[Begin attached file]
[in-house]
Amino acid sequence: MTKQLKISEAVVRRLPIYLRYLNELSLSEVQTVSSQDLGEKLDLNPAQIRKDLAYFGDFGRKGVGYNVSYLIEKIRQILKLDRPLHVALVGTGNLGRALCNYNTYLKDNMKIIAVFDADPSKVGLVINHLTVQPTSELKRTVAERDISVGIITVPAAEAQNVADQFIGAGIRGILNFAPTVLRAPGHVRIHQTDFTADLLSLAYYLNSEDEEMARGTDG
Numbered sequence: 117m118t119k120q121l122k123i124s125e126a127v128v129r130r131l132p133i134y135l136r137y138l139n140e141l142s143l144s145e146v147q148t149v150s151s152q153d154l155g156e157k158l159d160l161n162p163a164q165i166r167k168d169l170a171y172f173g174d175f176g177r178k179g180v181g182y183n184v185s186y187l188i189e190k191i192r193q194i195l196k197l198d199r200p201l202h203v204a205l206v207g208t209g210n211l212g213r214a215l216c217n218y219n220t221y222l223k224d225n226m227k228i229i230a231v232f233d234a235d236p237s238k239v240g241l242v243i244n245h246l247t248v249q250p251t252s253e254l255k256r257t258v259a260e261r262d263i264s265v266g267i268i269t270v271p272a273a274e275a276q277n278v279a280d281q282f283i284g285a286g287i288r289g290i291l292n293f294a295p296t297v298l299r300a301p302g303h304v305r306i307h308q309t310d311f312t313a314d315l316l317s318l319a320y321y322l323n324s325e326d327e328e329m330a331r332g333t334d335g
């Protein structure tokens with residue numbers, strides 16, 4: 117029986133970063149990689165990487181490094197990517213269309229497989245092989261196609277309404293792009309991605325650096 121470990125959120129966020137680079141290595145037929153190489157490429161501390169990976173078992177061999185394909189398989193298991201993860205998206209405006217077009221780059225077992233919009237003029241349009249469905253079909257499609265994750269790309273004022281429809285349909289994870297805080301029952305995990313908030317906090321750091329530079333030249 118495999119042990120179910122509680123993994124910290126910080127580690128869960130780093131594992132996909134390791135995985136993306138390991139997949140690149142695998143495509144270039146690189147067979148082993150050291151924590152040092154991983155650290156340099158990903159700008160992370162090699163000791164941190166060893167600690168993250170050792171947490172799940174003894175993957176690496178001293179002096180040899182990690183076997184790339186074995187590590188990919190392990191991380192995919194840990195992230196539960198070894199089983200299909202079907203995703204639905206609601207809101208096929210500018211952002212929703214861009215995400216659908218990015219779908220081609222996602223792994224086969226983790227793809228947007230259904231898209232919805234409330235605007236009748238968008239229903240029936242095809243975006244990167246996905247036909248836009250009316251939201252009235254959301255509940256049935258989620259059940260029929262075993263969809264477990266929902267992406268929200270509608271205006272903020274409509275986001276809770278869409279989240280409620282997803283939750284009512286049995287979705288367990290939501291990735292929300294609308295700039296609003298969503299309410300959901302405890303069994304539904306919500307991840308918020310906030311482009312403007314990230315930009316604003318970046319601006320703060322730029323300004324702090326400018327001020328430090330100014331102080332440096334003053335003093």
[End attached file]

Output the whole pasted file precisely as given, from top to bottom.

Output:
[in-house]
Amino acid sequence: MTKQLKISEAVVRRLPIYLRYLNELSLSEVQTVSSQDLGEKLDLNPAQIRKDLAYFGDFGRKGVGYNVSYLIEKIRQILKLDRPLHVALVGTGNLGRALCNYNTYLKDNMKIIAVFDADPSKVGLVINHLTVQPTSELKRTVAERDISVGIITVPAAEAQNVADQFIGAGIRGILNFAPTVLRAPGHVRIHQTDFTADLLSLAYYLNSEDEEMARGTDG
Numbered sequence: 117m118t119k120q121l122k123i124s125e126a127v128v129r130r131l132p133i134y135l136r137y138l139n140e141l142s143l144s145e146v147q148t149v150s151s152q153d154l155g156e157k158l159d160l161n162p163a164q165i166r167k168d169l170a171y172f173g174d175f176g177r178k179g180v181g182y183n184v185s186y187l188i189e190k191i192r193q194i195l196k197l198d199r200p201l202h203v204a205l206v207g208t209g210n211l212g213r214a215l216c217n218y219n220t221y222l223k224d225n226m227k228i229i230a231v232f233d234a235d236p237s238k239v240g241l242v243i244n245h246l247t248v249q250p251t252s253e254l255k256r257t258v259a260e261r262d263i264s265v266g267i268i269t270v271p272a273a274e275a276q277n278v279a280d281q282f283i284g285a286g287i288r289g290i291l292n293f294a295p296t297v298l299r300a301p302g303h304v305r306i307h308q309t310d311f312t313a314d315l316l317s318l319a320y321y322l323n324s325e326d327e328e329m330a331r332g333t334d335g
């Protein structure tokens with residue numbers, strides 16, 4: 117029986133970063149990689165990487181490094197990517213269309229497989245092989261196609277309404293792009309991605325650096 121470990125959120129966020137680079141290595145037929153190489157490429161501390169990976173078992177061999185394909189398989193298991201993860205998206209405006217077009221780059225077992233919009237003029241349009249469905253079909257499609265994750269790309273004022281429809285349909289994870297805080301029952305995990313908030317906090321750091329530079333030249 118495999119042990120179910122509680123993994124910290126910080127580690128869960130780093131594992132996909134390791135995985136993306138390991139997949140690149142695998143495509144270039146690189147067979148082993150050291151924590152040092154991983155650290156340099158990903159700008160992370162090699163000791164941190166060893167600690168993250170050792171947490172799940174003894175993957176690496178001293179002096180040899182990690183076997184790339186074995187590590188990919190392990191991380192995919194840990195992230196539960198070894199089983200299909202079907203995703204639905206609601207809101208096929210500018211952002212929703214861009215995400216659908218990015219779908220081609222996602223792994224086969226983790227793809228947007230259904231898209232919805234409330235605007236009748238968008239229903240029936242095809243975006244990167246996905247036909248836009250009316251939201252009235254959301255509940256049935258989620259059940260029929262075993263969809264477990266929902267992406268929200270509608271205006272903020274409509275986001276809770278869409279989240280409620282997803283939750284009512286049995287979705288367990290939501291990735292929300294609308295700039296609003298969503299309410300959901302405890303069994304539904306919500307991840308918020310906030311482009312403007314990230315930009316604003318970046319601006320703060322730029323300004324702090326400018327001020328430090330100014331102080332440096334003053335003093």